Gov. Gretchen Whitmer addressed the State of Michigan after a plan to kidnap her and other Michigan government officials was thwarted by state and federal law enforcement agencies. She started by saying thank you to law enforcement and FBI agents who participated in stopping this [...]
By Martin F. Kohn
You don’t, unless you’re a very unusual person, think of “Gone With the Wind” as a Hollywood laff riot. The writing of the movie, on the other hand, is another story. At least it is in Ron Hutchinson’s comedy “Moonlight and Magnolias.”
The way Hutchinson tells it, one day in 1939 three guys hole up in a studio office with Margaret Mitchell’s best-selling novel, a stack of rejected screenplays and a never-ending supply of bananas and peanuts. Five days later, they emerge with an American classic.
Your first instinct – okay, my first instinct as a journalist – is to start fact-checking. Could this be how it really happened? Second instinct: Why spoil all the fun? There is much to be said for second instincts. Christopher Bremer’s Jewish Ensemble Theatre production is the laff riot that “Gone With the Wind” was definitely not and should be appreciated as such.
There are punch lines aplenty, but the preponderance of “Moonlight”‘s humor comes across through physical comedy. The same holds true for the play’s tension: It’s there in the lines, but it’s really delivered in the action.
Much of that is due to Bremer’s direction of three masterful actors in the principal roles: Wayne David Parker as blustery producer David O. Selznick, steadfast in his belief that a Civil War movie can be a hit and in desperate need of one to save his career; Joel Mitchell as Ben Hecht, the script doctor with the magic touch and a social conscience, and Glen Allen Pruett as Victor Fleming, destined to become the greatest relief director of all time, who completed, but didn’t start, both “The Wizard of Oz” and “Gone With the Wind” (and in the same year, too). In the smaller part of Selznick’s hard-pressed secretary, Mary Bremer has some choice moments, too.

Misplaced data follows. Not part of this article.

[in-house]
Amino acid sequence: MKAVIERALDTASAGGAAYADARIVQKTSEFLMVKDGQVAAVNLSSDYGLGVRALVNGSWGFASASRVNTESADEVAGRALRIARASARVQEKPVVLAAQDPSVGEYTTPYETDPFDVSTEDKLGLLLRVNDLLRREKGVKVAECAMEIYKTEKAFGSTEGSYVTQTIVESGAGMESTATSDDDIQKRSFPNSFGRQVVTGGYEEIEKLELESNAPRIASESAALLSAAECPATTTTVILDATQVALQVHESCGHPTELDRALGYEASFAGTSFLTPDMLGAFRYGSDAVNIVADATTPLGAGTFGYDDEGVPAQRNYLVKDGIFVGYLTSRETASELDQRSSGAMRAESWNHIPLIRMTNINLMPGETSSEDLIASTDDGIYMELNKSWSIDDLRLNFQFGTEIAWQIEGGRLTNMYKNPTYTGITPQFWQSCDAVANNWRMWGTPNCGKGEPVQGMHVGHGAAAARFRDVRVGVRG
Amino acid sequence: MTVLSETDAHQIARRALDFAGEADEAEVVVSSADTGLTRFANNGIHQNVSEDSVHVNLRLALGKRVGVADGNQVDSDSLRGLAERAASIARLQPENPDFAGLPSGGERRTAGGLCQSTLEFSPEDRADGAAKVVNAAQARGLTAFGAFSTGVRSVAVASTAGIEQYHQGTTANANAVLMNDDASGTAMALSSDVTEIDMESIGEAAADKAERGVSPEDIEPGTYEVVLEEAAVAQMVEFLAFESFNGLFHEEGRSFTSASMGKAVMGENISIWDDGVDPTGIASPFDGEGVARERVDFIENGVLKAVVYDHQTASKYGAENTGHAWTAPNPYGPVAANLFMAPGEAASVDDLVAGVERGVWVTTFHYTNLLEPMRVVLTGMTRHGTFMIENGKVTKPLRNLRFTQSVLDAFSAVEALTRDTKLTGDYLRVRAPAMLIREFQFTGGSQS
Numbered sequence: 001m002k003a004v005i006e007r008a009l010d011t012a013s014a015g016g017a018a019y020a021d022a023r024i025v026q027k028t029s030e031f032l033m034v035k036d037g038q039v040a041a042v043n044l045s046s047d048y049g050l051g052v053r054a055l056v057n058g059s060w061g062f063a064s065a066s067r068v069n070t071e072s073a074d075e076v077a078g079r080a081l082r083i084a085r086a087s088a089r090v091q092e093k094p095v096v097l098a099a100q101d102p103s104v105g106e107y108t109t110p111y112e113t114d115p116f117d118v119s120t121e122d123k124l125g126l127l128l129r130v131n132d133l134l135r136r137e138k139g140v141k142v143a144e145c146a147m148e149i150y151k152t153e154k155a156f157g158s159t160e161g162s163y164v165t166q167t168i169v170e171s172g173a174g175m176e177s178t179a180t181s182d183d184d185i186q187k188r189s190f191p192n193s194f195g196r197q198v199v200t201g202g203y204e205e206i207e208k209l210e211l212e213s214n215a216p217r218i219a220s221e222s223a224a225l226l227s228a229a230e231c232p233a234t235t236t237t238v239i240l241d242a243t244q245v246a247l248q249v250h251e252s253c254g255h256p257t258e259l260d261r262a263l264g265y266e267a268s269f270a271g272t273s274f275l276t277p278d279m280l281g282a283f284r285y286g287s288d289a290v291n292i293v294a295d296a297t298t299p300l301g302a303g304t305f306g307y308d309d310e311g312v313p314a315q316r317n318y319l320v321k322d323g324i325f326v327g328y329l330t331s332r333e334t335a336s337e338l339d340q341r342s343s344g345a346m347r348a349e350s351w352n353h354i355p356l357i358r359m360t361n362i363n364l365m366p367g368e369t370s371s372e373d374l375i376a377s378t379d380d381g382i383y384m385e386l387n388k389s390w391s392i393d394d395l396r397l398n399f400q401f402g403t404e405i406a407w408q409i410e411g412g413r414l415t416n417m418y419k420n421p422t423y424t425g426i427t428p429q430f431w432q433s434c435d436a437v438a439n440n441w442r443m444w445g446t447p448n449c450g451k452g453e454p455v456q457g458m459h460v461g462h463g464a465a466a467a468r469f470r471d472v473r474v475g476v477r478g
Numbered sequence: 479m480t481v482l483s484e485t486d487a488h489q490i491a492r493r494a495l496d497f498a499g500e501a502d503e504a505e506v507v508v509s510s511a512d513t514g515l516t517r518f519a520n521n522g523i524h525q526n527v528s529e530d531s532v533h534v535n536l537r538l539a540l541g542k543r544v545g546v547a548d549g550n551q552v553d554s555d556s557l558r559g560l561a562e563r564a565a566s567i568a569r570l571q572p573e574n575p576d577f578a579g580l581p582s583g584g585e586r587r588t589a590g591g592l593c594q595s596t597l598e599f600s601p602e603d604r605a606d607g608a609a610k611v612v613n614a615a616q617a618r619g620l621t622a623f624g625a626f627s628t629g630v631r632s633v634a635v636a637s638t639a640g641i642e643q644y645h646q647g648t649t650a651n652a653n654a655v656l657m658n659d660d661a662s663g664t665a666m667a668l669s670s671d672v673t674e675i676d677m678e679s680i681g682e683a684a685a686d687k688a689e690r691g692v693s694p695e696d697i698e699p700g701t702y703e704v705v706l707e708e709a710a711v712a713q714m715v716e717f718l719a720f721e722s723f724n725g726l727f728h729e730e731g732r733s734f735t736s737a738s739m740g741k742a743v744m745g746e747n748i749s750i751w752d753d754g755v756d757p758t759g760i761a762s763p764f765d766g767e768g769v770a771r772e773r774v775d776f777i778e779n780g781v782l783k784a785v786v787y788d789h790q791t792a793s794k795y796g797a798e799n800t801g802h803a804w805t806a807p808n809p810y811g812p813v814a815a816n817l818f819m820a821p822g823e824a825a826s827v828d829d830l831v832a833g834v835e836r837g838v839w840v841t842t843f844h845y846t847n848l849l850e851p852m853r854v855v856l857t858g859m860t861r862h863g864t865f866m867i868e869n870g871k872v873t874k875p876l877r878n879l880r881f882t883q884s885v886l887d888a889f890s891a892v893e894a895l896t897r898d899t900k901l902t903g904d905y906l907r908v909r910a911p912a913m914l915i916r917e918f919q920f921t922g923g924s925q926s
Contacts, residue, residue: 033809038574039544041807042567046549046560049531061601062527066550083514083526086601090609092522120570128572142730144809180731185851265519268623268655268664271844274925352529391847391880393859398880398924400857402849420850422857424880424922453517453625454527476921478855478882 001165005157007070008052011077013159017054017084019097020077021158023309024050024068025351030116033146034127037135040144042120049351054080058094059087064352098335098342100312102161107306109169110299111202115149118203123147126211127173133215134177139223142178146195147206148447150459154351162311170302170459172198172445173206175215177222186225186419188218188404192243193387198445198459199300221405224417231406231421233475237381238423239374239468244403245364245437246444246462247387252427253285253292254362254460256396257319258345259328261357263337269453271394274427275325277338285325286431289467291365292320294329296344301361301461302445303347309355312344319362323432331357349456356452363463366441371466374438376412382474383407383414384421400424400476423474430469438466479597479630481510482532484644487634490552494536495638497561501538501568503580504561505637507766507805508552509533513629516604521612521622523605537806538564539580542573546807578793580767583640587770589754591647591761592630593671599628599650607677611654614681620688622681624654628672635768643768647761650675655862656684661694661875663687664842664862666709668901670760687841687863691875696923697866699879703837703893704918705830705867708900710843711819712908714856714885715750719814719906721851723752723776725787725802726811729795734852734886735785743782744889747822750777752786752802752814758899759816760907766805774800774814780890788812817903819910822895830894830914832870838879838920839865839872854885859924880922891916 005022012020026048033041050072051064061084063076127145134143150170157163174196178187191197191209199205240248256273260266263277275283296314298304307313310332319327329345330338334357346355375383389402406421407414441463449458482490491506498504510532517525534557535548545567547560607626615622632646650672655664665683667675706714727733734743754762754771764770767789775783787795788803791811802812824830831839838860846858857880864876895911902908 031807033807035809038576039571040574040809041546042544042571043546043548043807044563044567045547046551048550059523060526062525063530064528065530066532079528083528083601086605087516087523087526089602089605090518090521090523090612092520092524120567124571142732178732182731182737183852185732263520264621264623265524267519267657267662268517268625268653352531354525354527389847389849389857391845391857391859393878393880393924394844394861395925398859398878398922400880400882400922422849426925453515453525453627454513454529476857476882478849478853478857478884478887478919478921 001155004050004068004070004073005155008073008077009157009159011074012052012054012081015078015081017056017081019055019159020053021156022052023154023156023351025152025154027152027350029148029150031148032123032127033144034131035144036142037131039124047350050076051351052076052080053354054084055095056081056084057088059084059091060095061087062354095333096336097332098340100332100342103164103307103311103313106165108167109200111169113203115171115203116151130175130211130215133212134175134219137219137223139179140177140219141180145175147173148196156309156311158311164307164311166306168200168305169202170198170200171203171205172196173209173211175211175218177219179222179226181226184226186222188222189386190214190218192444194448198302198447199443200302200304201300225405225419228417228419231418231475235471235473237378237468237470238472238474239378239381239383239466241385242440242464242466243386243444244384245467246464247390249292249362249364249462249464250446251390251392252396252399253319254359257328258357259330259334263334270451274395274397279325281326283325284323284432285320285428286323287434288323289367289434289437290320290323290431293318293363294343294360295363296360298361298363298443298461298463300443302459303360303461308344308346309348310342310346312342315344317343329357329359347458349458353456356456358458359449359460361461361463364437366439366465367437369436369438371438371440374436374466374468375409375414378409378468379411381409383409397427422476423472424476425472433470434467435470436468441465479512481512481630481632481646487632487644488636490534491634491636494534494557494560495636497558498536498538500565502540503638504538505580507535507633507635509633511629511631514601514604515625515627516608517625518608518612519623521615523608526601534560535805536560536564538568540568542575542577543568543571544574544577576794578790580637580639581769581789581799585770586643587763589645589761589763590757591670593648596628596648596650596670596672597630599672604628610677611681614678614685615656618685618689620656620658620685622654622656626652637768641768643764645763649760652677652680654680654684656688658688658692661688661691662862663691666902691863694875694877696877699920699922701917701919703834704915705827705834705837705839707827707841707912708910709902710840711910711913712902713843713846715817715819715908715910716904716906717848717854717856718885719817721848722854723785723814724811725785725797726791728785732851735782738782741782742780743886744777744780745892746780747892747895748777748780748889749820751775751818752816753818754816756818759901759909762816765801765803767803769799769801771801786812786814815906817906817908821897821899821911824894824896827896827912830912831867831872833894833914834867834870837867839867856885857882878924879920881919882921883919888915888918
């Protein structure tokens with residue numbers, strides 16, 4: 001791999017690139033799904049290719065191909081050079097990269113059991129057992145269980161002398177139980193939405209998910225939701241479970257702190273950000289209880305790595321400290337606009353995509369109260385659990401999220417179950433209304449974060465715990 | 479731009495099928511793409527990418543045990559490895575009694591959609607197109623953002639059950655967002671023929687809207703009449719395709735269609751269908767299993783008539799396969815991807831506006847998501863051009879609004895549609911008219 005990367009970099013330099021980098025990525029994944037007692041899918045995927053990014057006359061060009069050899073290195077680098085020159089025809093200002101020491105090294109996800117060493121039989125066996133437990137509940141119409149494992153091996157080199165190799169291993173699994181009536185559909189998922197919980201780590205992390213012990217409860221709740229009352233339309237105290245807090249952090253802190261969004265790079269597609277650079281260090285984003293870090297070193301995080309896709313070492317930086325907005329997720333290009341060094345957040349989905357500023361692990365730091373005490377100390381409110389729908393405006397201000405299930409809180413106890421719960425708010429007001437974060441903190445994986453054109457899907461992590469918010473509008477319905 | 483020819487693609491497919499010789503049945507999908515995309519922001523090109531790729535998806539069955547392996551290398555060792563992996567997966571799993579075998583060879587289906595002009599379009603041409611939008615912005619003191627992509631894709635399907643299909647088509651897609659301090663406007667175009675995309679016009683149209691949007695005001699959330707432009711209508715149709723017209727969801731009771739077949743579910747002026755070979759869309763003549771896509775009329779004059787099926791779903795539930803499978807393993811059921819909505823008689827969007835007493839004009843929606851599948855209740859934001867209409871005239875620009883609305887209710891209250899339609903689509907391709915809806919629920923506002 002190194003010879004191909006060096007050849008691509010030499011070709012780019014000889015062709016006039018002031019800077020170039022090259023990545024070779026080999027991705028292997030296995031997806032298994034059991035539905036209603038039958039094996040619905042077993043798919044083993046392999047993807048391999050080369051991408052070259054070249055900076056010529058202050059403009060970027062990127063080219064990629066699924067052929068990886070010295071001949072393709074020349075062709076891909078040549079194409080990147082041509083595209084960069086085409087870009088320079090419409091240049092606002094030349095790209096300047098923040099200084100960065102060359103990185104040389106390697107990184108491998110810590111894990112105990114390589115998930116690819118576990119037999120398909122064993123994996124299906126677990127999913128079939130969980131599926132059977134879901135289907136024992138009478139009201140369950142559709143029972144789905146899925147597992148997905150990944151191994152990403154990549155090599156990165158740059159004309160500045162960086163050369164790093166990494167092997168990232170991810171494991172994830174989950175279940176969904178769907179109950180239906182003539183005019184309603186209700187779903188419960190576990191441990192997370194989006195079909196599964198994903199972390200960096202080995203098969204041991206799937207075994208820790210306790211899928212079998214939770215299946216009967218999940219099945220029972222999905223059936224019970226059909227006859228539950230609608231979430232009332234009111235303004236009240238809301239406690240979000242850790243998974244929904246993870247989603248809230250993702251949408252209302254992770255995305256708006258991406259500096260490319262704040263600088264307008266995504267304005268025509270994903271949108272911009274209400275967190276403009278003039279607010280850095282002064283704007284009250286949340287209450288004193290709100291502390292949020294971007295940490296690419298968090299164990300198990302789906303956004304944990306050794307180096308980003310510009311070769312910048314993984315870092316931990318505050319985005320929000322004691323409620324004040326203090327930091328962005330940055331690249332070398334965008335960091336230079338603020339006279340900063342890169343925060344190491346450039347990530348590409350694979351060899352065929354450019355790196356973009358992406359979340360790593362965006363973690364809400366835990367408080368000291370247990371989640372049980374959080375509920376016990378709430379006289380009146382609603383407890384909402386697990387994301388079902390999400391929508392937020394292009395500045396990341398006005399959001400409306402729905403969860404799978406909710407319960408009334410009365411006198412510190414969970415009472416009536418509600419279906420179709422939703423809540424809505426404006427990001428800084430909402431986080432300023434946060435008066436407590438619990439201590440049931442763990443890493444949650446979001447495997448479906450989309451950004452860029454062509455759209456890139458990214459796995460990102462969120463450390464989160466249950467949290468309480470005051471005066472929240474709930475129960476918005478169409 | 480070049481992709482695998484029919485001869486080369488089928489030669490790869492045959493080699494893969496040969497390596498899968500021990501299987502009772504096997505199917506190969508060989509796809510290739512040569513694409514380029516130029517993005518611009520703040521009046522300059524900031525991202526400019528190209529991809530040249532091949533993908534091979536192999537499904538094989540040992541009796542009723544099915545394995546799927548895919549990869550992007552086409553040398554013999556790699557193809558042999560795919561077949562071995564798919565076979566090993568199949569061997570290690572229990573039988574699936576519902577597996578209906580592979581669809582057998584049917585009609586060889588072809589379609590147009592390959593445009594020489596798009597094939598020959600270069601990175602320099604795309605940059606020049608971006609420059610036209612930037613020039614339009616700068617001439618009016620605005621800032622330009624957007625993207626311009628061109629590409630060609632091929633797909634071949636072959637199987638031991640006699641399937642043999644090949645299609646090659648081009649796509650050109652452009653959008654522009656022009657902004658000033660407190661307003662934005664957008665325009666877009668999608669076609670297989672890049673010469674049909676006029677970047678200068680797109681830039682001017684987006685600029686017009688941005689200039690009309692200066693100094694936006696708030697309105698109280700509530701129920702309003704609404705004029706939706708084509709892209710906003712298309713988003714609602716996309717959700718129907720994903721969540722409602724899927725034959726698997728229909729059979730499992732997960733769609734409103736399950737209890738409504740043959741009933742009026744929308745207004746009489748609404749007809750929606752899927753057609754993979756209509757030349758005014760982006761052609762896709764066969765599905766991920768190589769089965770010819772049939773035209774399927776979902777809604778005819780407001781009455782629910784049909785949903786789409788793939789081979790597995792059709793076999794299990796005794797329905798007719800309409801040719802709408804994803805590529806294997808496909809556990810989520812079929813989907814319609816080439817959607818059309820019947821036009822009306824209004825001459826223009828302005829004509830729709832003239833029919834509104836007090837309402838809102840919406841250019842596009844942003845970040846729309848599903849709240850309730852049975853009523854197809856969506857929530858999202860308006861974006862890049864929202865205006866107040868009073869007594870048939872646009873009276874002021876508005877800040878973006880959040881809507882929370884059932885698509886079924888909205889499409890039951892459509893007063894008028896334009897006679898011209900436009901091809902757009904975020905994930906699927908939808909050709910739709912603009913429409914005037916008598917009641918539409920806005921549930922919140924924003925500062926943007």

Given a spirit of collegiality, mutual affection and respect for the project – not to mention three square meals a day and a few good nights’ sleep – the three collaborators would have a difficult enough time conjuring an acceptable rewrite in a mere five days. They have, however, none of the above.
Fleming and Hecht don’t like each other, for reasons that are never made clear. Selznick doesn’t want his creative hirelings to eat real meals – something about creative juices not mixing well with digestive juices. Hecht balks at making a film that glorifies people who owned slaves (“Does it have to be set in the Civil War?”) and he’s the only person in America who hasn’t read the book. Parker’s Selznick and Pruett’s Fleming, therefore, must act out the book – their re-creation of the birthing scene is alone worth the price of admission – while Mitchell’s Hecht pounds away at the typewriter and frequently joins in.
“Gone With the Wind” employed the screen technology of its era, but our boys wind up in 3-D: delirious, disheveled and deprived of sleep. You can almost smell their rank-looking undershirts and the bananas and peanuts on their breath.
Any yet, out of this colossal mess – the stage, bathed not with moonlight and magnolia blossoms but strewn with papers and peanut shells and banana peels, stands as metaphor – comes this movie…
Amid the torrents of laughter is the understanding that the process of collaborative creation is never tidy, despite the result that appears on the screen, in the concert hall or at the theater.
‘Moonlight and Magnolias’
Jewish Ensemble Theatre at Aaron DeRoy Theatre on the campus of the Jewish Community Center, 6600 W. Maple Road, West Bloomfield. Thursday, Saturday & Sunday, through Oct. 7, plus Wednesday, Oct. 3. 120 minutes. $38-45. 248-788-2900. http://www.jettheatre.org